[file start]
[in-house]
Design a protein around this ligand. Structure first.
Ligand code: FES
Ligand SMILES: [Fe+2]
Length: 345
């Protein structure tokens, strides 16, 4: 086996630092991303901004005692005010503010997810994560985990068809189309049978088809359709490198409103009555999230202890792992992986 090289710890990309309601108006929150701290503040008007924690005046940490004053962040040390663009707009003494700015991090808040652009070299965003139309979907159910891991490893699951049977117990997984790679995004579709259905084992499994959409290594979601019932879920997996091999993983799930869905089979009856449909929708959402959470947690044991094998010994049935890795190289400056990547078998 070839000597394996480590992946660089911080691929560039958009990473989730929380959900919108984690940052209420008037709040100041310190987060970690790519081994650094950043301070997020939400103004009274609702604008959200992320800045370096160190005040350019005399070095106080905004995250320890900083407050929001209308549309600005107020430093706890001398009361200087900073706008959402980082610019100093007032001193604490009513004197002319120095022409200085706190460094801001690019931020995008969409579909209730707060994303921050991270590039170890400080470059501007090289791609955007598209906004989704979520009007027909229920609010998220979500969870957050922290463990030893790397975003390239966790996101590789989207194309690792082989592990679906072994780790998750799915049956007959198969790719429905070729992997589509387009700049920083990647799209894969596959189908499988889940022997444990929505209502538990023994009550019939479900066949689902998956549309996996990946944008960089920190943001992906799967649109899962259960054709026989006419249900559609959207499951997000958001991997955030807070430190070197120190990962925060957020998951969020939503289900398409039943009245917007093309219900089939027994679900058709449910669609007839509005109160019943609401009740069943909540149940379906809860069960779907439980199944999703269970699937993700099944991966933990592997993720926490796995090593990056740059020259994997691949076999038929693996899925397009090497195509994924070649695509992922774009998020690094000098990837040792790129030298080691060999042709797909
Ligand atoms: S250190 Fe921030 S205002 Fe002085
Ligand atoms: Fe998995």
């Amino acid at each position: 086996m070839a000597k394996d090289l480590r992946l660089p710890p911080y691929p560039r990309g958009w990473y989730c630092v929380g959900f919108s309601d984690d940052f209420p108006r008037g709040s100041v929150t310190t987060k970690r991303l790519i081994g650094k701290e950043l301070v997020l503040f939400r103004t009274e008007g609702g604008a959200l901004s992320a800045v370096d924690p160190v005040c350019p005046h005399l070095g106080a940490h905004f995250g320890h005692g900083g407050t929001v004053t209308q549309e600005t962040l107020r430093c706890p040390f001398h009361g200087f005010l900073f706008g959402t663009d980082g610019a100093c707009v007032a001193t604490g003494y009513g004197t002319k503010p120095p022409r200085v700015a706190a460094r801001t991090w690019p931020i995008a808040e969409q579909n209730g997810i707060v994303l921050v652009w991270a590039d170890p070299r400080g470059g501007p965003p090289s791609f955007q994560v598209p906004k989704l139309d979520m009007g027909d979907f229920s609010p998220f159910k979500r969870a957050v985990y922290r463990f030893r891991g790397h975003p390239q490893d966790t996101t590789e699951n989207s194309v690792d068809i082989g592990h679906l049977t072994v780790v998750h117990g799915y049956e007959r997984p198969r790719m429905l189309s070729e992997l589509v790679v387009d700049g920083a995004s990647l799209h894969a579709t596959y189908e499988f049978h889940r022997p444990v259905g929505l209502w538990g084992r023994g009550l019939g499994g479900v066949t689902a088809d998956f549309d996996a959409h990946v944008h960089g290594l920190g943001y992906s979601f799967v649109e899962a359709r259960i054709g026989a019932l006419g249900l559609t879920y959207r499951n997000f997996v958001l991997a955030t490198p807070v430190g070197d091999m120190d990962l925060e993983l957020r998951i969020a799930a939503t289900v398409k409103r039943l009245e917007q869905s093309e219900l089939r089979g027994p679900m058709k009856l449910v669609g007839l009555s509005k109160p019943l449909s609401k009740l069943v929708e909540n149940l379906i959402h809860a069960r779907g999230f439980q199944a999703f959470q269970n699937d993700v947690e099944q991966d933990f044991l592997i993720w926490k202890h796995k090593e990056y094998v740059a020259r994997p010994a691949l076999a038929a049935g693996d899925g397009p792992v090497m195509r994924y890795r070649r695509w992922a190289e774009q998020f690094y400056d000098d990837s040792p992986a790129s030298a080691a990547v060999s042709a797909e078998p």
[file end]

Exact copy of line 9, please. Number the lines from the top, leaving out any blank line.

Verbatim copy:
């Amino acid at each position: 086996m070839a000597k394996d090289l480590r992946l660089p710890p911080y691929p560039r990309g958009w990473y989730c630092v929380g959900f919108s309601d984690d940052f209420p108006r008037g709040s100041v929150t310190t987060k970690r991303l790519i081994g650094k701290e950043l301070v997020l503040f939400r103004t009274e008007g609702g604008a959200l901004s992320a800045v370096d924690p160190v005040c350019p005046h005399l070095g106080a940490h905004f995250g320890h005692g900083g407050t929001v004053t209308q549309e600005t962040l107020r430093c706890p040390f001398h009361g200087f005010l900073f706008g959402t663009d980082g610019a100093c707009v007032a001193t604490g003494y009513g004197t002319k503010p120095p022409r200085v700015a706190a460094r801001t991090w690019p931020i995008a808040e969409q579909n209730g997810i707060v994303l921050v652009w991270a590039d170890p070299r400080g470059g501007p965003p090289s791609f955007q994560v598209p906004k989704l139309d979520m009007g027909d979907f229920s609010p998220f159910k979500r969870a957050v985990y922290r463990f030893r891991g790397h975003p390239q490893d966790t996101t590789e699951n989207s194309v690792d068809i082989g592990h679906l049977t072994v780790v998750h117990g799915y049956e007959r997984p198969r790719m429905l189309s070729e992997l589509v790679v387009d700049g920083a995004s990647l799209h894969a579709t596959y189908e499988f049978h889940r022997p444990v259905g929505l209502w538990g084992r023994g009550l019939g499994g479900v066949t689902a088809d998956f549309d996996a959409h990946v944008h960089g290594l920190g943001y992906s979601f799967v649109e899962a359709r259960i054709g026989a019932l006419g249900l559609t879920y959207r499951n997000f997996v958001l991997a955030t490198p807070v430190g070197d091999m120190d990962l925060e993983l957020r998951i969020a799930a939503t289900v398409k409103r039943l009245e917007q869905s093309e219900l089939r089979g027994p679900m058709k009856l449910v669609g007839l009555s509005k109160p019943l449909s609401k009740l069943v929708e909540n149940l379906i959402h809860a069960r779907g999230f439980q199944a999703f959470q269970n699937d993700v947690e099944q991966d933990f044991l592997i993720w926490k202890h796995k090593e990056y094998v740059a020259r994997p010994a691949l076999a038929a049935g693996d899925g397009p792992v090497m195509r994924y890795r070649r695509w992922a190289e774009q998020f690094y400056d000098d990837s040792p992986a790129s030298a080691a990547v060999s042709a797909e078998p």